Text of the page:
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We are in the process of designing a tool to be used with HDEM(High Definition Electron Microscope).We get stacks of 2D images from HDEM and first step is 'detecting borders' on the sections.After detecting edges of 2D slices ,next step is construct the 3D model using these 2D slices.

This 'border detecting' algorithm(s) is/are implemented by one of professor and he has used and suggests to use C.(to gain high performance and probably will parallelise in future) We have to develop comprehensive UI ,3D viewer ,2D editor...etc and use this algorithm.

Application should support usual features like project save/open.Undo,Redo...etc

Our technology decisions are:

A) Build entire platform from the scratch using QT.

B) Use Eclipse Platform

Our concerns are,

if we choose A) we can easily integrate the 'border detecting' algorithm(s) because the development environment is C/C++ But we have to implement the basic features from the scratch.

If we choose B) we get basic features from the Eclipse platform , but integrating C libraries going to be a tedious task.

Any suggestions on this?

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Have you looked at VTK? (vtk.org) –  Michael Daum Apr 12 '10 at 6:37
We cannot use VTK, because we use entirely new algorithms and application should be user friendly, –  Ashika Umanga Umagiliya Apr 12 '10 at 7:08

2 Answers 2

up vote 3 down vote accepted

I'd go for Qt any time:-)

If you need a IDE framework to build your project on you might want to consider Qt together with Qt creator. The latter is a really nice IDE to develop with and can be extended with custom plugins, pretty much like eclipse.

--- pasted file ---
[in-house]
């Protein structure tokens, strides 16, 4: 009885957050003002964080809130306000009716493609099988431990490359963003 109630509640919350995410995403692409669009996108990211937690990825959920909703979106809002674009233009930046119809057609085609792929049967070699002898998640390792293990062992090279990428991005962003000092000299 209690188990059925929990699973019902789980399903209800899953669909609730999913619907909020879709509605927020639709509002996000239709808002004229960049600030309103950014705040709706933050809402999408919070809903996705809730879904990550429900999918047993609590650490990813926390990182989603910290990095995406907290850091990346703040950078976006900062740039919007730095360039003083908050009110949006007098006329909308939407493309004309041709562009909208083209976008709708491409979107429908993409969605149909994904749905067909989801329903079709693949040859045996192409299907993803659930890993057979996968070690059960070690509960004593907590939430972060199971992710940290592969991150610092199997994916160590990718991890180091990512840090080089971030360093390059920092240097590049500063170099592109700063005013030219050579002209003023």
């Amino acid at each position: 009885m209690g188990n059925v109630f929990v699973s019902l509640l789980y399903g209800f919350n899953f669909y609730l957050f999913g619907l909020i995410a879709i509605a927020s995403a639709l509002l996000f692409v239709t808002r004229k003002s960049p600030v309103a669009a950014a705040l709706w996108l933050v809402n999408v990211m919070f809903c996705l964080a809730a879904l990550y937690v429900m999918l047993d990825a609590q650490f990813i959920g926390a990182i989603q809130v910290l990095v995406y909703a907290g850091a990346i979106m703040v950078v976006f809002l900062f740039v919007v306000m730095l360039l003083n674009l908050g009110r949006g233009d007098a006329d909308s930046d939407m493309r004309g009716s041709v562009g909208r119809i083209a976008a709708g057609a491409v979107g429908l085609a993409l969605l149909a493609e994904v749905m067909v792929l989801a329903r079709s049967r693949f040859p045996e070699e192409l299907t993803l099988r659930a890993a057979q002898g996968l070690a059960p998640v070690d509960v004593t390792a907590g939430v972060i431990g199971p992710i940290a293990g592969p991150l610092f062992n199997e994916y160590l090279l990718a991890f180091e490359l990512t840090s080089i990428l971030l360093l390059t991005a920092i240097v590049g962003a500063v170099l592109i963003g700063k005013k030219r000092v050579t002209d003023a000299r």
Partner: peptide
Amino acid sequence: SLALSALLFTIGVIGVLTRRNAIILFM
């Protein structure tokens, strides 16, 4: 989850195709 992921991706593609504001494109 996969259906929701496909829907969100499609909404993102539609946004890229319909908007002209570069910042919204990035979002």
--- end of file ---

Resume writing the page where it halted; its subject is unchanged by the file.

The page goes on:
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+1 on Qt, though I've found it's much easier to work with Eclipse CDT and Qt Integration on complex projects. –  frgtn Apr 12 '10 at 11:59
Yes, Eclipse is a great IDE from all I heard about it. I did try to use eclipse occasionaly, but always got put off by it: It was just to overwhelming and I could never find any good introduction focusing on C/C++ development in it. Any tips here? ;-) The Eclipse for Java development intros were pretty good though, unfortunately they never transfered well to CDT. I did find Qt Creator really simple to get into and am sticking with it nowadays. –  Karl Napf Apr 26 '10 at 11:15

If you need performance and a well-controlled process I'd suggest going the Qt way.

Qt has a well documented class library that should make implementation of basic features fairly easy and intuitive. It also has OpenGL support for 3D and good 2D editing capabilities.

I've recently built a monitoring application with a custom UI and it was fairly easy once you get past the basic concepts behind the framework.

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